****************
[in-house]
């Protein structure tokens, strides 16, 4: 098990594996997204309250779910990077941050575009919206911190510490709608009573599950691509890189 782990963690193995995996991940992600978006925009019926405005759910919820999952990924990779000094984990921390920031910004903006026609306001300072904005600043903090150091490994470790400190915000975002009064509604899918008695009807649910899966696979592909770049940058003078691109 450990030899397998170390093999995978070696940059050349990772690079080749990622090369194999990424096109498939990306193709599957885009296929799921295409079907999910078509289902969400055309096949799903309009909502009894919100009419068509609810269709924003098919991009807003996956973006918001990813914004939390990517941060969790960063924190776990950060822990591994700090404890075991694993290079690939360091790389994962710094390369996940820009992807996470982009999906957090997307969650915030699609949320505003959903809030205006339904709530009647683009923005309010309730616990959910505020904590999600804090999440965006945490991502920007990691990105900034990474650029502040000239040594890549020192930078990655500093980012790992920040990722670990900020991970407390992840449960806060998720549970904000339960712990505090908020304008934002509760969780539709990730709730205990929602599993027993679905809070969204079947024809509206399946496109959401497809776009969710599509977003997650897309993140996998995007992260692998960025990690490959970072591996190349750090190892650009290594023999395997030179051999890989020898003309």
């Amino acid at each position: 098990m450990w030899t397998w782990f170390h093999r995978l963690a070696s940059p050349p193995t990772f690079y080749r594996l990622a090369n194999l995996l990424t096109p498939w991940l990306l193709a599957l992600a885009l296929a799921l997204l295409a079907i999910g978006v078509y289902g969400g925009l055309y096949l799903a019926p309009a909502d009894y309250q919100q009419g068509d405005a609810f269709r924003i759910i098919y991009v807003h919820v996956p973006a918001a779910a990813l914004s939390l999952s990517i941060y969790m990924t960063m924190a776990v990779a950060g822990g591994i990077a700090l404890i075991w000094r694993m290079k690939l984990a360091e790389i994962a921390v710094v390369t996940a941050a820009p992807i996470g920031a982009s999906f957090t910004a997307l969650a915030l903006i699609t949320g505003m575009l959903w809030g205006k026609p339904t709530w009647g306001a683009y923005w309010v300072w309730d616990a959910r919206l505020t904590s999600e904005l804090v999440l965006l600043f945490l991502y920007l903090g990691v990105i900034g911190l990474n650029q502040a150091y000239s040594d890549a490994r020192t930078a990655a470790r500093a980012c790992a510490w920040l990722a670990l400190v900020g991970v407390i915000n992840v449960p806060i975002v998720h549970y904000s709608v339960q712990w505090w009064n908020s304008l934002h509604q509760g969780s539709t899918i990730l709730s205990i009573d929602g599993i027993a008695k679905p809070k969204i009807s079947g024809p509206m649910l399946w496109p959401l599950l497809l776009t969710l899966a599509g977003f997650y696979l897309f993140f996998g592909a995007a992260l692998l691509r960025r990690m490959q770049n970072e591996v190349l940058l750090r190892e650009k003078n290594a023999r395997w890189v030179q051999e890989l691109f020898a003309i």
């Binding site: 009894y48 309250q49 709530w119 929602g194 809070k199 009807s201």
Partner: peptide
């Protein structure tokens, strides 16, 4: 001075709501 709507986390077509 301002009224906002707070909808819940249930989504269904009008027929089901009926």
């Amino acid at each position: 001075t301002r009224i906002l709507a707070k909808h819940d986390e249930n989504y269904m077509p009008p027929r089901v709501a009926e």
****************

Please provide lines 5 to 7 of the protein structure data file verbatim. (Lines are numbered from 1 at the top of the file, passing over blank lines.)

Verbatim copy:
Partner: peptide
């Protein structure tokens, strides 16, 4: 001075709501 709507986390077509 301002009224906002707070909808819940249930989504269904009008027929089901009926």
């Amino acid at each position: 001075t301002r009224i906002l709507a707070k909808h819940d986390e249930n989504y269904m077509p009008p027929r089901v709501a009926e």